Baseball and Billions: A Probing Look Inside the Big Business of Our National Pastime

Baseball and Billions: A Probing Look Inside the Big Business of Our National Pastime

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by Andrew Zimbalist
     
 

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"A savvy analysis of the game's financial problems" (Los Angeles Times), now updated throughout and featuring a new chapter on recent controversies and upheavals in the game. Selected as one of the best books of the year by Business Week.

Overview

"A savvy analysis of the game's financial problems" (Los Angeles Times), now updated throughout and featuring a new chapter on recent controversies and upheavals in the game. Selected as one of the best books of the year by Business Week.

Editorial Reviews

Publishers Weekly - Publisher's Weekly
A professor of economics at Smith College, Zimbalist ( Comparing Economic Systems ) here presents the best recent work about baseball's economic aspects. He analyzes profits, franchise values, attendance and ticket pricing, the relations between teams and their host cities, minor-league ball and player salaries. Admirably objective, he is skeptical about the owners, whose creative bookkeeping practices make their cries of poverty almost credible; he is skeptical about the players, who generally play poorly after they sign multi-year contracts; he is skeptical about the media, whom he finds massively ignorant of sports economics and presumably content to be so. Finally, he demonstrates that those who predict the demise of the national pastime need not be right. Scholarly and impressive. (Sept.)
Library Journal
``If I were a rich man,'' sings Tevye in Fiddler on the Roof . Change the words of this catchy tune to ``I am a rich man'' and you have the owners and athletes who play catch in Zimbalist's (economics, Smith Coll.) book. Baseball and Billions describes a game with revenues approximating those of corporations, owners who receive public taxes worth millions, and ballplayers with salaries averaging over $1 million a year . The author has assembled facts and figures from owners, front office personnel, players, and politicians to present a picture of a national pastime that is threatened by greed, exploitation, and abuse of public trust. From Brooklyn to St. Petersburg, Florida there is agreement that something needs to be done to make the game less corporate and more responsible to its fans. This book will be of interest to both scholars and fans of the game who enjoy the cry, ``Play ball!''-- Albert Spencer, Coll. of Education, Univ. of Nevada-Las Vegas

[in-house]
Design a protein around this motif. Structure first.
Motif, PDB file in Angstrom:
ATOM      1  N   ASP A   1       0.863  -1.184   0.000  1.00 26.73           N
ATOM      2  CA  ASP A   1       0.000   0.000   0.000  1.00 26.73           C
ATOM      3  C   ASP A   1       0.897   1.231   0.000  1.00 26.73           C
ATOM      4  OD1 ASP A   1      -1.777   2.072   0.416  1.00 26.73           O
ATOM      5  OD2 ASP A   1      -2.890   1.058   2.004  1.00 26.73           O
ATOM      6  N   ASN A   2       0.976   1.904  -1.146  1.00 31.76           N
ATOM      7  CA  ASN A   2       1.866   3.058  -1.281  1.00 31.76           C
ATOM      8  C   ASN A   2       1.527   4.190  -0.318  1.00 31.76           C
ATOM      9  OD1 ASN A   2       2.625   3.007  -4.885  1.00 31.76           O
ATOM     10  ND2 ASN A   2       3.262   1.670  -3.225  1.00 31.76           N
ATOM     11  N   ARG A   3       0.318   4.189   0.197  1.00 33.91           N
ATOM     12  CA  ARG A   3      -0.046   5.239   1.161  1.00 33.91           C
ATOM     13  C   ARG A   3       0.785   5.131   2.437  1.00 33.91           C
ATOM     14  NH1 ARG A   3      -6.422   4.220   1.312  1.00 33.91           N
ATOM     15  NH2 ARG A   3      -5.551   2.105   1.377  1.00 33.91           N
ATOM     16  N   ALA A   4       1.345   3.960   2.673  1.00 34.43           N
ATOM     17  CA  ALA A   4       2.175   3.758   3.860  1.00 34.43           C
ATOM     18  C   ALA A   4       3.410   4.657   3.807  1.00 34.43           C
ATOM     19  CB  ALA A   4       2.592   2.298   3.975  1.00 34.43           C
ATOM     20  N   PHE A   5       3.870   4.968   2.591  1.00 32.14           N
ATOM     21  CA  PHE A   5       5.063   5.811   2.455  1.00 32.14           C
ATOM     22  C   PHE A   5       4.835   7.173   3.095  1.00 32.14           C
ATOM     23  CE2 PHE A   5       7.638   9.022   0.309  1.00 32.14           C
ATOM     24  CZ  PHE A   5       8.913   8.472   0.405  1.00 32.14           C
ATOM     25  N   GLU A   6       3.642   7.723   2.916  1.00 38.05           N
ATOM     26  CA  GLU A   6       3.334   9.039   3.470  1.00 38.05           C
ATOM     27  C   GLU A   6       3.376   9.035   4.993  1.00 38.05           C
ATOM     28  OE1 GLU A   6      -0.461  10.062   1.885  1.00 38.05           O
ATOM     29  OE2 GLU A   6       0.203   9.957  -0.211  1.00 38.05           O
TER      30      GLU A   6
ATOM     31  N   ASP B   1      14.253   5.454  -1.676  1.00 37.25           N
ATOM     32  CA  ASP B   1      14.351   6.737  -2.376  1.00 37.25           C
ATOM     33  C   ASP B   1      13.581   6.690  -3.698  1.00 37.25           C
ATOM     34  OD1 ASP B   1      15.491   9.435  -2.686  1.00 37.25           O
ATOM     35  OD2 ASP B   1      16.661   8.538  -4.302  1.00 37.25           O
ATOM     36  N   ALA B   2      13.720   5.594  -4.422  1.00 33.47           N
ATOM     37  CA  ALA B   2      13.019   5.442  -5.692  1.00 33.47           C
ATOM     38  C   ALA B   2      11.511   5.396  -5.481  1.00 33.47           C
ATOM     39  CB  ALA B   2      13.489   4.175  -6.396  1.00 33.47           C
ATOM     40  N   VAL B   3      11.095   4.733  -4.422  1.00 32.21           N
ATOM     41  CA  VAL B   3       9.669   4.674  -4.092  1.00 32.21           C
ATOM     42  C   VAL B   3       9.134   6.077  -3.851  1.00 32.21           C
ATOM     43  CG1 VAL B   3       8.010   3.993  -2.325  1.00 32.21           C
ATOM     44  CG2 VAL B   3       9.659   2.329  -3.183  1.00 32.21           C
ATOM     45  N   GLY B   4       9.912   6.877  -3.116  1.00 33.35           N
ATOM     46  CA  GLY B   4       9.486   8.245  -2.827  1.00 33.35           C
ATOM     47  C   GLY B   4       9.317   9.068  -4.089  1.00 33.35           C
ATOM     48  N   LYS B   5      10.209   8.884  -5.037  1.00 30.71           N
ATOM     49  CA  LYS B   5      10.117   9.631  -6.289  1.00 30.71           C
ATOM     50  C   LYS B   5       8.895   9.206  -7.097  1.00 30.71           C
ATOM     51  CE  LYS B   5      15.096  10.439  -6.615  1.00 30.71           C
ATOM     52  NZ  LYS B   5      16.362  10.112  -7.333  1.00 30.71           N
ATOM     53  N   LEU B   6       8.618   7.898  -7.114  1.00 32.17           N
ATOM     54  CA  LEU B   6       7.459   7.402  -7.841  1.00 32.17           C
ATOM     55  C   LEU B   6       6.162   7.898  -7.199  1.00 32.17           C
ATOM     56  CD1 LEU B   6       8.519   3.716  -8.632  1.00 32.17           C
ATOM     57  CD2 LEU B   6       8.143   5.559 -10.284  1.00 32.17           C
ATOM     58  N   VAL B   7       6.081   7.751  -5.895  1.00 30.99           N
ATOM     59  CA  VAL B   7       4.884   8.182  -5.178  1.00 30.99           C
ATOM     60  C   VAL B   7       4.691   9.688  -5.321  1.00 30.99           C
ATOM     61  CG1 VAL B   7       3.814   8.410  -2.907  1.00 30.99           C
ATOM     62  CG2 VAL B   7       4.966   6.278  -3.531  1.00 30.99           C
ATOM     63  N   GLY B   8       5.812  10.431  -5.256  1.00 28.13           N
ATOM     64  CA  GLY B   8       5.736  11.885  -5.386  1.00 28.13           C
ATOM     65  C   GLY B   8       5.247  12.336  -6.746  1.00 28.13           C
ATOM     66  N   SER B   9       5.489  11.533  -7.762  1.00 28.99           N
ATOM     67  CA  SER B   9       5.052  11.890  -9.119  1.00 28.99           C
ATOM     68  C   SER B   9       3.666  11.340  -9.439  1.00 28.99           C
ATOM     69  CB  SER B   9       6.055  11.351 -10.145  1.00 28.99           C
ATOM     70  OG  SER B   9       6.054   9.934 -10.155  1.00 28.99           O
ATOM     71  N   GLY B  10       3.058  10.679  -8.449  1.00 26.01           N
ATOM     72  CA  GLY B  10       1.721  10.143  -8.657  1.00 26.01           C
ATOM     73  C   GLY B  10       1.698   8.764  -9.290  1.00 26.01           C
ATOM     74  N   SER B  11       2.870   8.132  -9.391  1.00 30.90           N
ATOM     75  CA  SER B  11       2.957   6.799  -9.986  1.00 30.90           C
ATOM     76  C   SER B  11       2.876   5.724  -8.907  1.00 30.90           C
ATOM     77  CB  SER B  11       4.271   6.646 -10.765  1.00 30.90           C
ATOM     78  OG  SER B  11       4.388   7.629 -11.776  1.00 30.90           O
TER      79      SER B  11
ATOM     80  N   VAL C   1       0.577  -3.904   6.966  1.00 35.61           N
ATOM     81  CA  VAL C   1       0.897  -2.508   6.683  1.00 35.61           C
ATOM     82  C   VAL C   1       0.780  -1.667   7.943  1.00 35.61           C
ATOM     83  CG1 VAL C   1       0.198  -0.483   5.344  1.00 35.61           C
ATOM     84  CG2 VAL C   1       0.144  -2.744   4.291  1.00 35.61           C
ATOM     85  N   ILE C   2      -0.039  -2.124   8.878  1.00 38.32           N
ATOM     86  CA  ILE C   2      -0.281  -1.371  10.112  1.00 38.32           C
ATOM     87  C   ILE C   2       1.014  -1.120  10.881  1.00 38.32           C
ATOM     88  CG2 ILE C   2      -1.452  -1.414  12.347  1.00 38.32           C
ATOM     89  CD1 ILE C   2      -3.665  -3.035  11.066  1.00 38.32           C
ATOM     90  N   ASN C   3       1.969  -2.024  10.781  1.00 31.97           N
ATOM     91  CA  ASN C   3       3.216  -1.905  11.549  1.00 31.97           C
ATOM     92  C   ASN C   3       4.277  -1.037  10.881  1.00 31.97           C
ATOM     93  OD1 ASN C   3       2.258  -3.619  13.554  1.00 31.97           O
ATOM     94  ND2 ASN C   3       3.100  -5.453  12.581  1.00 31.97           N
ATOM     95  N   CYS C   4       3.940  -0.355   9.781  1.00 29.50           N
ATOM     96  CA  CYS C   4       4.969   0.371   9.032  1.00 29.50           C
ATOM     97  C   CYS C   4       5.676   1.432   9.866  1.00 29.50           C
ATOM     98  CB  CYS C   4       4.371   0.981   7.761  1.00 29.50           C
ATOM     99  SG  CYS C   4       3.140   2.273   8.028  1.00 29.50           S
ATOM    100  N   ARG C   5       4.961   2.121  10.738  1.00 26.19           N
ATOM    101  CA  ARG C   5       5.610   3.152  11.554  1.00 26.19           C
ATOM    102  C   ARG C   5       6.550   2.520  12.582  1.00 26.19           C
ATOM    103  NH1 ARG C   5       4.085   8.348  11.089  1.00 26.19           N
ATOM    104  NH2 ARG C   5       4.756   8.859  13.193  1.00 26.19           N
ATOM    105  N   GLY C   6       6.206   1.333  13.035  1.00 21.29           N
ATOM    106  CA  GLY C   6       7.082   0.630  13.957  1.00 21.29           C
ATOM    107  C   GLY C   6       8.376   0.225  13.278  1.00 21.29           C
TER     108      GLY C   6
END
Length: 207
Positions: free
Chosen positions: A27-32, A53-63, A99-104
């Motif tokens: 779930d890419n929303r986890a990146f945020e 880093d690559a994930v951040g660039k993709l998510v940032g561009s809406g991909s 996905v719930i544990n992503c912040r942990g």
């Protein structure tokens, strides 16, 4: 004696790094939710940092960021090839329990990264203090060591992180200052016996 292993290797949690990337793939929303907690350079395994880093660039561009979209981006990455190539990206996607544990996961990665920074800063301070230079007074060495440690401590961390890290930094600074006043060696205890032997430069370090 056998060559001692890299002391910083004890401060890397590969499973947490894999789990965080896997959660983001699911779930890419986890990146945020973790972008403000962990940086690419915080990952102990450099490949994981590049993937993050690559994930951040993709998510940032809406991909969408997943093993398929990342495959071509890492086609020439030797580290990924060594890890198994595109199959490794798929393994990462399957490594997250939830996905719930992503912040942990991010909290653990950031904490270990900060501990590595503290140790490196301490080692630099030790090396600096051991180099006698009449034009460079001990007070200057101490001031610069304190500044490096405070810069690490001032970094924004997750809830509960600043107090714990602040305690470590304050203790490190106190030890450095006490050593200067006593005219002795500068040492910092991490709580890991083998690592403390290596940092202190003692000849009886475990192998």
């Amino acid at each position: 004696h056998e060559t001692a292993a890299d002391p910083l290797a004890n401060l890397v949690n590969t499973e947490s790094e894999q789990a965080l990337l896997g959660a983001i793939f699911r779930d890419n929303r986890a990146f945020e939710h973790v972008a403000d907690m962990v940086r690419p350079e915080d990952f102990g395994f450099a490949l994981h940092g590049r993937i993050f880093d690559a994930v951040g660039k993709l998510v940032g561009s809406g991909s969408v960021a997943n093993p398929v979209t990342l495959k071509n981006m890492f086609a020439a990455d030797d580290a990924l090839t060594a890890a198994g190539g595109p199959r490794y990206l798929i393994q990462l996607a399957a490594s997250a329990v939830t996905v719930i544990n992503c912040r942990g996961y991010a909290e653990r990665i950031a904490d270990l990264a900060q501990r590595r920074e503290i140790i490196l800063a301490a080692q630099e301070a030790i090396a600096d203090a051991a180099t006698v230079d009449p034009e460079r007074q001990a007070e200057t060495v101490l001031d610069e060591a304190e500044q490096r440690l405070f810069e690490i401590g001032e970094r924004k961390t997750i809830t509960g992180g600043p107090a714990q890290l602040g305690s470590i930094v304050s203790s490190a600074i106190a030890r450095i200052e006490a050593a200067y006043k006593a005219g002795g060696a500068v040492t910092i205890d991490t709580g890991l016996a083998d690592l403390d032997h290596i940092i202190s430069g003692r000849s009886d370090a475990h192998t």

Kirkus Reviews
During the baseball strike of 1990, Zimbalist's disillusioned 11-year-old son suggested that his dad write a book on the economics of baseball. The happy result is this grand-slam study of America's only "self-governing, unregulated monopoly," standing head-and-shoulders above Neil J. Sullivan's similar The Diamond Revolution (p. 661). Although baseball is booming (revenues doubled to billion from 1985 to 1990), Zimbalist believes that danger looms, the result of a shrinking TV audience, ballooning salaries, and other woes brought on by "commercialism, greed, and poor management." He points a well-aimed finger at team owners as the major culprits; while George Steinbrenner "stands out in his zaniness and mismanagement," few owners escape Zimbalist's acid remarks. The sport's commissioners also take their lumps: Zimbalist doubts current boss Fay Vincent's claim that many teams are losing money, and he notes that franchise values are skyrocketing. The author explores hidden sources of revenue (like luxury boxes, some with marble-and-gold bathrooms) and the inflated salaries of superstars as clues to baseball's hidden economy, and he slams the treatment of minor leaguers, subject to pitiful pay and no job protection, as "scandalous." Leapfrogging of teams from city to city also draws fire. As to how to heal our national pastime, Zimbalist offers no panaceas, although he returns time and again to the idea of expansion to 35 or 40 teams, a move that will relieve a number of problems, including an underused labor pool. A "minimalist" fix- up might also include guaranteed free access to special games like the World Series, revenue sharing among teams, and a baseball labor act. A"maximalist" cure would mean government regulation through the creation of a federal commission. A near-miracle—a nimble, exciting unknotting of a horribly tangled business—that's also a public service, as Zimbalist presents workable proposals that put the fan's interests first.

Product Details

ISBN-13:
9780465006151
Publisher:
Basic Books
Publication date:
02/28/1994
Edition description:
UPDATED
Pages:
320
Product dimensions:
6.13(w) x 9.25(h) x (d)
Lexile:
1450L (what's this?)

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Baseball and Billions: A Probing Look Inside the Big Business of Our National Pastime 3.5 out of 5 based on 0 ratings. 2 reviews.
Anonymous More than 1 year ago
Fun read about how economics plays a role in the business aspect of the MLB, and how money effects the game overall.
Guest More than 1 year ago
the book baseball and billions was an ok book. it talked about the economy in the baseball world and the issues and how much money was spent for uniforms ect. all in all it was a good book.